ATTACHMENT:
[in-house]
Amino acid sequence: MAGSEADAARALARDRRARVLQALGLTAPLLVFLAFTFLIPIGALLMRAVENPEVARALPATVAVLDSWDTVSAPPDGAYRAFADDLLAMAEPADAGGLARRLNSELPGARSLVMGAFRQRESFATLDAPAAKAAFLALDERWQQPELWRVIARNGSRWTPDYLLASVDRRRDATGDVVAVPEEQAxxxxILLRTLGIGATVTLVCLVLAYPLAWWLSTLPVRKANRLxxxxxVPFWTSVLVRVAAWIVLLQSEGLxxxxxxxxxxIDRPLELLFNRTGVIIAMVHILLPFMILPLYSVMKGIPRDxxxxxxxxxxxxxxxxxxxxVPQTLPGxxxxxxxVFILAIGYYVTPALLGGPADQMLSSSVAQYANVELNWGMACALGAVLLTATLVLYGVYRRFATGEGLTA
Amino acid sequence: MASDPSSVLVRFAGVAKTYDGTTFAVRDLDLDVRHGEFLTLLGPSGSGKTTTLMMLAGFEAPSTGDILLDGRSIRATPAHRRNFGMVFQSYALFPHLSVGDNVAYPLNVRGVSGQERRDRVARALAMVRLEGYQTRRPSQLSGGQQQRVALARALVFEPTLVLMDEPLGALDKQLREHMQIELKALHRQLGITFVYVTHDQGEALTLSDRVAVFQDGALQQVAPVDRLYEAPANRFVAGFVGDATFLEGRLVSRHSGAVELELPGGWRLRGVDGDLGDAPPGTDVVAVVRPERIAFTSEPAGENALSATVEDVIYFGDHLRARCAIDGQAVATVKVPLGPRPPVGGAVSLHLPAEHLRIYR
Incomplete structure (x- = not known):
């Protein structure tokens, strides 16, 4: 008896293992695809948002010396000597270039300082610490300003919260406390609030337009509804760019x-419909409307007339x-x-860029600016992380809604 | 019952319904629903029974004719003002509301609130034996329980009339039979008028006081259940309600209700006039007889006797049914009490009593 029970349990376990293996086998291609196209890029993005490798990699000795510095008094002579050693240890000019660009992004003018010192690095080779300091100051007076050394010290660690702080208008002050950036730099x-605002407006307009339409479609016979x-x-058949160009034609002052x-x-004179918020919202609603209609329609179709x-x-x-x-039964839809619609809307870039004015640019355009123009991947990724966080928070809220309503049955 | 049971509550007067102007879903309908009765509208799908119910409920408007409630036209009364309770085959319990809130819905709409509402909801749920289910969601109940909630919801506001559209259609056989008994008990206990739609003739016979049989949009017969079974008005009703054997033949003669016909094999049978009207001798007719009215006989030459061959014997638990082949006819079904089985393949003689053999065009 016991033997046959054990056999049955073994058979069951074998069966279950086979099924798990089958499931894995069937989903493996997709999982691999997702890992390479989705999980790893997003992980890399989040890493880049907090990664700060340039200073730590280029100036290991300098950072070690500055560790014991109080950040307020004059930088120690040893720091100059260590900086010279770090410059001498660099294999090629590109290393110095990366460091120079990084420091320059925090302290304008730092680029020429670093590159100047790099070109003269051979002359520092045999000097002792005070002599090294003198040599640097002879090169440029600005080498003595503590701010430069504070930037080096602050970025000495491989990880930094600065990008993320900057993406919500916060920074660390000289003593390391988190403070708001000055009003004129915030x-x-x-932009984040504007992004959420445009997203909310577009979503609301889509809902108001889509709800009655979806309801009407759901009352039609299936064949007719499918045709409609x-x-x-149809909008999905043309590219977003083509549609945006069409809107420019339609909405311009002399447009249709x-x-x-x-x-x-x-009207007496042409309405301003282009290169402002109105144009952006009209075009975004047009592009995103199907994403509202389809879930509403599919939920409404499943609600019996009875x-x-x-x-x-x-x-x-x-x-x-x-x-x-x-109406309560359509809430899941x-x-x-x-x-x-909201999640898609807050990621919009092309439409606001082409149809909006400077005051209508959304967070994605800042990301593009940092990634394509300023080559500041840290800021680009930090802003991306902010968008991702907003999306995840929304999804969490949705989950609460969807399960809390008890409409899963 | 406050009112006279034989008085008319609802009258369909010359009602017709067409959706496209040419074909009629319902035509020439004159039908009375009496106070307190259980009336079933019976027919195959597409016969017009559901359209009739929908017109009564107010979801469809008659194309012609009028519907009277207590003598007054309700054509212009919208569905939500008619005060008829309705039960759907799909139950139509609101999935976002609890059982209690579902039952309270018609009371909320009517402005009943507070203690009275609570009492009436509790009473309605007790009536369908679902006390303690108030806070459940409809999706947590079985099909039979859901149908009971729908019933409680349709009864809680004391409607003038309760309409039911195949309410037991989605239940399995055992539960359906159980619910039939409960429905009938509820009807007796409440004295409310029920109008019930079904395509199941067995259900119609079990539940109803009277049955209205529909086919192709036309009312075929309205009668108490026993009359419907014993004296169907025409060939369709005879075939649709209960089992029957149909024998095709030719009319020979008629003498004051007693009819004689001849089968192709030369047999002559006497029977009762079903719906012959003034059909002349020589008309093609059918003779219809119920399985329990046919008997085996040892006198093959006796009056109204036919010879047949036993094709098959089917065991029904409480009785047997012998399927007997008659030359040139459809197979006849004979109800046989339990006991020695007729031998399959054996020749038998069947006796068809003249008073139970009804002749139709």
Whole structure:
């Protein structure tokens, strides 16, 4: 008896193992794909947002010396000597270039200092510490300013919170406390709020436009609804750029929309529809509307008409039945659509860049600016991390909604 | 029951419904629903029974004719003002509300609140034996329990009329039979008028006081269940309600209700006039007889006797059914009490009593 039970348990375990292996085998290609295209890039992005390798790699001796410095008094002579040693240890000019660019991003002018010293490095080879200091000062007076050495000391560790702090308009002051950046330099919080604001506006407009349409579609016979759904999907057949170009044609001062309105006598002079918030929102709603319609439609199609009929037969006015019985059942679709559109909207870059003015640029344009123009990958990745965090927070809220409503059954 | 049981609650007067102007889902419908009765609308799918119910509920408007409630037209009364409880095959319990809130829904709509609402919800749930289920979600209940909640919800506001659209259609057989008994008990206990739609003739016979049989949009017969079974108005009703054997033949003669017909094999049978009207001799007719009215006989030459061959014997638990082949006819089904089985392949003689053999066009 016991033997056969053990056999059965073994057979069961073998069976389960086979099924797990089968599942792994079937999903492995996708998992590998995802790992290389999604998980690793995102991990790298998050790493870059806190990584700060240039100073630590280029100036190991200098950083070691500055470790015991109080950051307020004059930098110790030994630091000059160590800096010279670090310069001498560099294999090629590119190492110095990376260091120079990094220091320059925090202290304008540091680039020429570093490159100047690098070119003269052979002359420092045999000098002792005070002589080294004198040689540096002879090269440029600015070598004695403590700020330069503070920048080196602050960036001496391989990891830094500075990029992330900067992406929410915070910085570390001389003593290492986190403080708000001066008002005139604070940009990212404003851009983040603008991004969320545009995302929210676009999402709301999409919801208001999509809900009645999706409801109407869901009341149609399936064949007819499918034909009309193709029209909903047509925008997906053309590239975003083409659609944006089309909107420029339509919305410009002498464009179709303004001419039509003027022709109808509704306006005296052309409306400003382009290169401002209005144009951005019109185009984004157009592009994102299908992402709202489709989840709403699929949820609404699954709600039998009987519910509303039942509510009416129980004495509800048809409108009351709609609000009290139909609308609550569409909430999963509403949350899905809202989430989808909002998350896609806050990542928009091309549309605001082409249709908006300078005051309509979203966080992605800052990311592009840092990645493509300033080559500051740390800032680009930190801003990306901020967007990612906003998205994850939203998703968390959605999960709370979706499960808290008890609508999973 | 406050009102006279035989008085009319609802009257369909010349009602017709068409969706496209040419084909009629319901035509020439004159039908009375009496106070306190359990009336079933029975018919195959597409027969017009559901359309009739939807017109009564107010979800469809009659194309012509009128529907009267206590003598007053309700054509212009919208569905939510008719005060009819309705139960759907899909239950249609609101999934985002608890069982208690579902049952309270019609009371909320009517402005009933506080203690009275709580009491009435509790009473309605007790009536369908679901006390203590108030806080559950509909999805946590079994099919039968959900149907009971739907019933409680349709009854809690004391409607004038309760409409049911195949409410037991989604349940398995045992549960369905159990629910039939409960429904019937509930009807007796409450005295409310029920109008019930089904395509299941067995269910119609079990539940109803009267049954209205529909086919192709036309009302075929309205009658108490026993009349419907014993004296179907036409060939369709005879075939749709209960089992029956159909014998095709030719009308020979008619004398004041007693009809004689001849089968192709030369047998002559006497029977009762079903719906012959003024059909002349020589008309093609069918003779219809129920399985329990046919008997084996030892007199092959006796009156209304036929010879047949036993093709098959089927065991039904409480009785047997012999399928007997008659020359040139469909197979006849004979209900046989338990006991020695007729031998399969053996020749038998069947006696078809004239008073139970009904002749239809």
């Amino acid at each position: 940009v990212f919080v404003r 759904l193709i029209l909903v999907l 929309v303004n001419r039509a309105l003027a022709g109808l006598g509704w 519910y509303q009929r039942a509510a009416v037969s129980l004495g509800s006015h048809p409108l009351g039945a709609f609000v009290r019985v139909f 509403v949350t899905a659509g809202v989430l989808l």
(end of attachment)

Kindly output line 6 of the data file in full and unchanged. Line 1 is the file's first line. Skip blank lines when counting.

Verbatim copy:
Whole structure: